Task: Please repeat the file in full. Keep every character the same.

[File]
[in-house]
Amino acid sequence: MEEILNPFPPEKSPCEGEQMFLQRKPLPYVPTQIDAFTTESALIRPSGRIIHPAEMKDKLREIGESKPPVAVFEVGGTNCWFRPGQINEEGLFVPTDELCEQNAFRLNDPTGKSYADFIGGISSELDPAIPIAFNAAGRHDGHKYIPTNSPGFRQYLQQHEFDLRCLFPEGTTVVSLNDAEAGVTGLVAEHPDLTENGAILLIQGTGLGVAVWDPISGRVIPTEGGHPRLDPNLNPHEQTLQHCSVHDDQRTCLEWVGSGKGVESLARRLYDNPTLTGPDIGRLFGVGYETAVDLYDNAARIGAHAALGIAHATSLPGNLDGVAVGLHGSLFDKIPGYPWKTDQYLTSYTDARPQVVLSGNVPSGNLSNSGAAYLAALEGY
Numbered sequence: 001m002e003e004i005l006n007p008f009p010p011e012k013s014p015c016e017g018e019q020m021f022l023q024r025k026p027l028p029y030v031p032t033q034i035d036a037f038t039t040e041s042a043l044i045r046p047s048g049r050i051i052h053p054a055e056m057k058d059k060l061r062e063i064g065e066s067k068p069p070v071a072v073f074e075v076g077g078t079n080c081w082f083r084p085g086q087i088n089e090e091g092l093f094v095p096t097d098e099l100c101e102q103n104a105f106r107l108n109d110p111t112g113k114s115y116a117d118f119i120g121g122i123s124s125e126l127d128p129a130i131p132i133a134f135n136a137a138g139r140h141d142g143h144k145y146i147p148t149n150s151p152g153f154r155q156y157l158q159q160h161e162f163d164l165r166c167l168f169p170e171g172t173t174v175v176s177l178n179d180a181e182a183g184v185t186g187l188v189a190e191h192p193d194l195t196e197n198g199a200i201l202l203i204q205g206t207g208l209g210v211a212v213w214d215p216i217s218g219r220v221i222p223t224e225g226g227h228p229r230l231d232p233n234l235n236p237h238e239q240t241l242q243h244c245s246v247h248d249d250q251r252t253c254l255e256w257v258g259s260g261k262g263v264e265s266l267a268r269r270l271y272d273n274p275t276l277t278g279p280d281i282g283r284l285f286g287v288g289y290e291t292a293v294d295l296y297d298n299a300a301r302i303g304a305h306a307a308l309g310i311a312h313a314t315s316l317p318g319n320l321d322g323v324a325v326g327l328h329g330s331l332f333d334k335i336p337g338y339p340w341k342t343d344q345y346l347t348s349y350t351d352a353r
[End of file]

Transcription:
[in-house]
Amino acid sequence: MEEILNPFPPEKSPCEGEQMFLQRKPLPYVPTQIDAFTTESALIRPSGRIIHPAEMKDKLREIGESKPPVAVFEVGGTNCWFRPGQINEEGLFVPTDELCEQNAFRLNDPTGKSYADFIGGISSELDPAIPIAFNAAGRHDGHKYIPTNSPGFRQYLQQHEFDLRCLFPEGTTVVSLNDAEAGVTGLVAEHPDLTENGAILLIQGTGLGVAVWDPISGRVIPTEGGHPRLDPNLNPHEQTLQHCSVHDDQRTCLEWVGSGKGVESLARRLYDNPTLTGPDIGRLFGVGYETAVDLYDNAARIGAHAALGIAHATSLPGNLDGVAVGLHGSLFDKIPGYPWKTDQYLTSYTDARPQVVLSGNVPSGNLSNSGAAYLAALEGY
Numbered sequence: 001m002e003e004i005l006n007p008f009p010p011e012k013s014p015c016e017g018e019q020m021f022l023q024r025k026p027l028p029y030v031p032t033q034i035d036a037f038t039t040e041s042a043l044i045r046p047s048g049r050i051i052h053p054a055e056m057k058d059k060l061r062e063i064g065e066s067k068p069p070v071a072v073f074e075v076g077g078t079n080c081w082f083r084p085g086q087i088n089e090e091g092l093f094v095p096t097d098e099l100c101e102q103n104a105f106r107l108n109d110p111t112g113k114s115y116a117d118f119i120g121g122i123s124s125e126l127d128p129a130i131p132i133a134f135n136a137a138g139r140h141d142g143h144k145y146i147p148t149n150s151p152g153f154r155q156y157l158q159q160h161e162f163d164l165r166c167l168f169p170e171g172t173t174v175v176s177l178n179d180a181e182a183g184v185t186g187l188v189a190e191h192p193d194l195t196e197n198g199a200i201l202l203i204q205g206t207g208l209g210v211a212v213w214d215p216i217s218g219r220v221i222p223t224e225g226g227h228p229r230l231d232p233n234l235n236p237h238e239q240t241l242q243h244c245s246v247h248d249d250q251r252t253c254l255e256w257v258g259s260g261k262g263v264e265s266l267a268r269r270l271y272d273n274p275t276l277t278g279p280d281i282g283r284l285f286g287v288g289y290e291t292a293v294d295l296y297d298n299a300a301r302i303g304a305h306a307a308l309g310i311a312h313a314t315s316l317p318g319n320l321d322g323v324a325v326g327l328h329g330s331l332f333d334k335i336p337g338y339p340w341k342t343d344q345y346l347t348s349y350t351d352a353r